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INT-003 Stability of vitamin C in different solutions for parenteral use in oncology
  1. R Árok1,2,
  2. R Zelkó2,
  3. I Higyisán1
  1. 1Bajcsy-Zsilinszky Hospital and Clinic, Budapest, Hungary
  2. 2Semmelweis University, Budapest, Hungary

Abstract

Background Vitamin C is perceived by the public as a “miracle-pill” capable to heal various illnesses, even cancer. Several in vitro and in vivo studies suggest that ascorbic acid in pharmacologic concentration exerts anticancer effect, however current clinical evidence (mainly based on case studies) about the therapeutic effect of high-dose intravenous (iv.) vitamin C is ambiguous.

Purpose One of our oncology patients who refused further chemotherapy required and was given vitamin C intravenous treatment. The aim of this study was to investigate the role of the clinical pharmacist in the preparation of the high dose vitamin C infusion.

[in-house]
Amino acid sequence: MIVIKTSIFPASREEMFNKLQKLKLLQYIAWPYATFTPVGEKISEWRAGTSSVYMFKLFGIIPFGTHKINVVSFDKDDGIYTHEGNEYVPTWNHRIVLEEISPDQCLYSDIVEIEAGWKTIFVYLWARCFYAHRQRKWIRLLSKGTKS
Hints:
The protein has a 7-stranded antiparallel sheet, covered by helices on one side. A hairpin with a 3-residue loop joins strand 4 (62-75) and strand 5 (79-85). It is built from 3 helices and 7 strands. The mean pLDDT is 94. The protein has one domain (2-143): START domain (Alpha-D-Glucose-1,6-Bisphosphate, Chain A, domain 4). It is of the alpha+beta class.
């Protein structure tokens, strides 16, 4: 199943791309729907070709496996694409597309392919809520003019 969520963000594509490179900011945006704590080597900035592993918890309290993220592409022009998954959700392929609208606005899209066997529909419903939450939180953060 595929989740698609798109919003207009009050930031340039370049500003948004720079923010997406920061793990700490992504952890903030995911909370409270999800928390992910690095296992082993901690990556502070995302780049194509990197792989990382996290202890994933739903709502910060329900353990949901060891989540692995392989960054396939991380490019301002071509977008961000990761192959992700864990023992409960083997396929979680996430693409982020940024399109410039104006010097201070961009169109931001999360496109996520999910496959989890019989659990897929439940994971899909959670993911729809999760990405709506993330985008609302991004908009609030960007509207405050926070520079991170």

There are two methods to prepare the infusion: diluting from a registered iv. product or preparing parenteral medication from the active ingredient. Although we used the first method (registered product), we decided to investigate the second method as an alternative for future patients. We collected data about the stability of ascorbic acid in different solutions, the technology of the preparation, the quality control and the storage of the infusion.

Material and methods Two different methods of preparation of concentrates for infusion were examined and compared. Both solutions were diluted aseptically to the concentration of 3 m/V % which was the highest concentration that can be administered to the patient.

After diluting with different vehicles at different pH, the concentration of the active ingredient in the solutions was measured after the preparation and after storing at different temperatures.

Results Concentrates must be filtered instead of sterilisation. The stability of ascorbic acid was mainly affected only by two conditions (pH, temperature). Ascorbic acid was more stable in the pH range of 4.0–5.0°C and in frozen condition.

Conclusion Results from my study can help in establishing a standard formula and recommendations on preparing a stable ascorbic acid concentrate for infusion in hospital pharmacies which have a sterile compounding license.

References and/or acknowledgements No conflict of interest.

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